If you didn’t know Chinese, a lot of the other subjects were also affected – especially maths and science. My Mum is good at maths and she could help me at the beginning, but there was so much written Chinese in the textbook, so eventually I had to get a maths tutor.

For design, I was very good at the subject but I was often confused by the writing in the textbook, it was if I had the tools but didn’t know what to do with them.

How was secondary?

Not easy!I went to the The Church of Christ in China Kei San Secondary School in Fanling, where I was the only student from a non-Chinese speaking family.

Form 1 to form 3 was academically very hard, we needed to learn a lot of subjects.

There was a period of time in Form 2 where I was kind of bullied. But generally I was very friendly with everyone, so I had the support from the bad boys in class and they took care of me. Once time, one of the students was calling me ‘ah chai’ and I was very pissed about it and went and pushed him. After I hit him, everyone was asking me if I was OK, because they knew that usually I am very even tempered.

What extra help did you get from the school?

Not much.

It felt like, ‘this is secondary school, it’s your own responsibility to learn well and get good marks’, so I didn’t get any help at all. Also, by then we had moved to another part of Fanling, so I didn’t go to the tutor anymore.

At Secondary school I had a teacher who recognized I spoke very good English, so she started training me for the poem speaking competitions. This helped me, I felt the school valued my English language skills and this boosted my confidence.

I wish the teachers could have helped me get more Chinese friends; if I’d been able to spend more time doing engaging activities with them, it would have given my Chinese a boost.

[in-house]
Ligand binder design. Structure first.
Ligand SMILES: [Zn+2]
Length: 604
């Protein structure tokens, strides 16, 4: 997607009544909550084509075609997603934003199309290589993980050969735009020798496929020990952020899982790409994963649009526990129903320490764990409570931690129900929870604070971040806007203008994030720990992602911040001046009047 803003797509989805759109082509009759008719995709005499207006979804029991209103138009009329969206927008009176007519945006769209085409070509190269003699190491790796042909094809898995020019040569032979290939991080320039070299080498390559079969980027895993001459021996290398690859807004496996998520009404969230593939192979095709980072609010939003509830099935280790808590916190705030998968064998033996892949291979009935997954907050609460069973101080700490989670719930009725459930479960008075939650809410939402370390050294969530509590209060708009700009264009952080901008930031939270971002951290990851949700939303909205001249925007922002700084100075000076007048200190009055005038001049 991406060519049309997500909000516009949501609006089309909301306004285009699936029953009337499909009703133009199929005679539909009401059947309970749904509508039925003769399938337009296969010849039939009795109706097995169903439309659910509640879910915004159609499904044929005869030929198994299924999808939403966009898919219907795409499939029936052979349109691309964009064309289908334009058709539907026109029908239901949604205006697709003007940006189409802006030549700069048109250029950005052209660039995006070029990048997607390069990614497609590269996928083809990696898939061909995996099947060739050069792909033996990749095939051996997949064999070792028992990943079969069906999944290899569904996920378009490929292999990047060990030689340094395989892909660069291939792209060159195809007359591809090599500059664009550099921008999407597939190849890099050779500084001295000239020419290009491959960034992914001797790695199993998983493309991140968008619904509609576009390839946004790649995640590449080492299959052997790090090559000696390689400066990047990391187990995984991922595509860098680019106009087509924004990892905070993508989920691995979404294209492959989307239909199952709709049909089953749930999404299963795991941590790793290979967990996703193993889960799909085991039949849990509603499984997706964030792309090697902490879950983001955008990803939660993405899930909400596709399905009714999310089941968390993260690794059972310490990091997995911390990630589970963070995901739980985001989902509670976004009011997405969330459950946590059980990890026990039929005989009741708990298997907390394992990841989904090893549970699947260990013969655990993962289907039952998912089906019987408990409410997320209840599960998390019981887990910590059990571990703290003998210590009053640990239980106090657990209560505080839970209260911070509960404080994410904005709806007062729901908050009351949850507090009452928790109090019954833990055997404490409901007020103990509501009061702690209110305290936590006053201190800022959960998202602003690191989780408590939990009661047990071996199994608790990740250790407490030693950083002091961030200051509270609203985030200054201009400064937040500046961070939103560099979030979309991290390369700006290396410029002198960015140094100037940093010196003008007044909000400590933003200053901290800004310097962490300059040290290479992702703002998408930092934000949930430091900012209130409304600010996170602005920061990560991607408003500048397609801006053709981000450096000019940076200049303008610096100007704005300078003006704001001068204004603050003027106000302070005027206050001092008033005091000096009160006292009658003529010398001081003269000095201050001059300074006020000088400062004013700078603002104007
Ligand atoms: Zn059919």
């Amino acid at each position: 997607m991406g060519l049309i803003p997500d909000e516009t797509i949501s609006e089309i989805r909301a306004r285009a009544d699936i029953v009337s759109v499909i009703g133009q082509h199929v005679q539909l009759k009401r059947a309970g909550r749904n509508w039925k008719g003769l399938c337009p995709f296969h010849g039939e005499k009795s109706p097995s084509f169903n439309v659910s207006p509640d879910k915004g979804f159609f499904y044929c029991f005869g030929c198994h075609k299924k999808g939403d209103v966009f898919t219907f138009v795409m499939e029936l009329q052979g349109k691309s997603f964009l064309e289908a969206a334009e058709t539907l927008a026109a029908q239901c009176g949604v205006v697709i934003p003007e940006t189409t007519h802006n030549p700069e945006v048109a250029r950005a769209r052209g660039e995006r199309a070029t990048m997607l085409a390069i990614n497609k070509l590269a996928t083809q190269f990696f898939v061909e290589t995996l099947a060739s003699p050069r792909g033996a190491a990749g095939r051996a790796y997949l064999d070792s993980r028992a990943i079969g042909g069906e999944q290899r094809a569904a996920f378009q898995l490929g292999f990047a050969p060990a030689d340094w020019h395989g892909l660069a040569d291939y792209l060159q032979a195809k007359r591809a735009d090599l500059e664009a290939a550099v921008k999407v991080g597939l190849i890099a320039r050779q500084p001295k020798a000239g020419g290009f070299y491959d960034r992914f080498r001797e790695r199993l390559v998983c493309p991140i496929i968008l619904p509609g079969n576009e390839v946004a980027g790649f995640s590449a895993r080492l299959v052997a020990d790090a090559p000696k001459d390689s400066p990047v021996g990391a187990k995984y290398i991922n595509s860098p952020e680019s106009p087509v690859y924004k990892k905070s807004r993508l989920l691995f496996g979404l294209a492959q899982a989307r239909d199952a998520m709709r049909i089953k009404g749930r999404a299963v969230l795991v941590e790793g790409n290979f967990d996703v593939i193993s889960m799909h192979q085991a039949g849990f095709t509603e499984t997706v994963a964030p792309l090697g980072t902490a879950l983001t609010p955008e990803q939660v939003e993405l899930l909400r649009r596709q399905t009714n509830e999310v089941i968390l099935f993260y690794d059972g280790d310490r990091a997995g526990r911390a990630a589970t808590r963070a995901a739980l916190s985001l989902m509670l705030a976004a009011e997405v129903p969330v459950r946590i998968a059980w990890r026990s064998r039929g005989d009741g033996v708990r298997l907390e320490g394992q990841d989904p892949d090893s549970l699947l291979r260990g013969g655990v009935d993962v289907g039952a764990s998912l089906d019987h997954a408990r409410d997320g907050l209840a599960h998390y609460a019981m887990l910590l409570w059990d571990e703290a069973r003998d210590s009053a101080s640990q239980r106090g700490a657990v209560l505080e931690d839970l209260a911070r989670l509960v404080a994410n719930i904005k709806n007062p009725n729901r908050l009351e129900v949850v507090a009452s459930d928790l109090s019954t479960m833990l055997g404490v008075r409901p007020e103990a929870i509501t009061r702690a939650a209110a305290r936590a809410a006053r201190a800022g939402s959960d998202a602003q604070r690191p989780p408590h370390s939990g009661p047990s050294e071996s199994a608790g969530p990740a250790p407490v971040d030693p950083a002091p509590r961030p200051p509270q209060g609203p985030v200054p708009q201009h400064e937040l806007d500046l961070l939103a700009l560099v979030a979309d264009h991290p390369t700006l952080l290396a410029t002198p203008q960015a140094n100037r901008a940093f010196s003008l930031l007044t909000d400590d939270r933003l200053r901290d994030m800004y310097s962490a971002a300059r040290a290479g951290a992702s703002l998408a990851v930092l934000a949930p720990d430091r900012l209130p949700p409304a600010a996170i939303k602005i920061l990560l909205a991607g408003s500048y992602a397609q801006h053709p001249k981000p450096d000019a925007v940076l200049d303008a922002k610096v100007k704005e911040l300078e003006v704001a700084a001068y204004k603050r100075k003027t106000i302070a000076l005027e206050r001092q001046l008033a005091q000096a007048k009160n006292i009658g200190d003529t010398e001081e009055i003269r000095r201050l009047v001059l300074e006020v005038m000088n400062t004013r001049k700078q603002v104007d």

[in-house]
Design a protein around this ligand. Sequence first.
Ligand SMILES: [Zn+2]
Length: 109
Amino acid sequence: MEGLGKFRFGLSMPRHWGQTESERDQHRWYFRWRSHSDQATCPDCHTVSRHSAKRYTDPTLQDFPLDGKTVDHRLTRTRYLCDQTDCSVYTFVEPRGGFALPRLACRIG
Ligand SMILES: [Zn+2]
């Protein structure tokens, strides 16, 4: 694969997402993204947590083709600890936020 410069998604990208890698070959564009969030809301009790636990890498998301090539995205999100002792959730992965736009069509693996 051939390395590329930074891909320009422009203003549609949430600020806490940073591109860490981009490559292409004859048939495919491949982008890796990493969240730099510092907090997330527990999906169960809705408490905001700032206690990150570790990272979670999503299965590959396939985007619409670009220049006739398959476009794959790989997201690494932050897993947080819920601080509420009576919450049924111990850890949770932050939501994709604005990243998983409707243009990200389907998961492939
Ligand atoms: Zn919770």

What did you gain from the experience?

From the beginning I always knew I was different. For me, knowing this made me question why I was different and this questioning leads to a lot of self- awareness. I think that’s a useful thing to have as you grow older.

Speaking Cantonese must be good for your job prospects?

For sure. Recently I worked for the Salvation Army Integrated Service for Street Sleepers. Quite a few of their clients were South Asians, so I was able to translate for them. It was a great experience for me too as I felt I could use my language skills to help people in my community. Now I’m doing some bilingual presenting, in Cantonese and Urdu, for a series of Chinese language learning videos; speaking English, Cantonese and Urdu fluently, is quite unique.

You are studying film and TV – are your language skills useful?

I think being able to speak Chinese and other languages helps me see more sides of an issue. Hong Kong is becoming very polarized, but my view of Hong Kong is different and I’m able to be less biased.

Looking back how do you feel about your educational experience?

Looking back it’s bittersweet. Not easy at all. I wish I could have been more mature and not felt ashamed that I didn’t know certain things in Chinese. I wish I’d talked to the teachers about the things I didn't understand.

I still recommended that my sister also go to a Chinese secondary school. I think the education system has improved with regards ethnic minorities. The school supports her, they give her extra classes with one-on-one teachers for Maths and Chinese. So I’m hopeful things are changing for the better.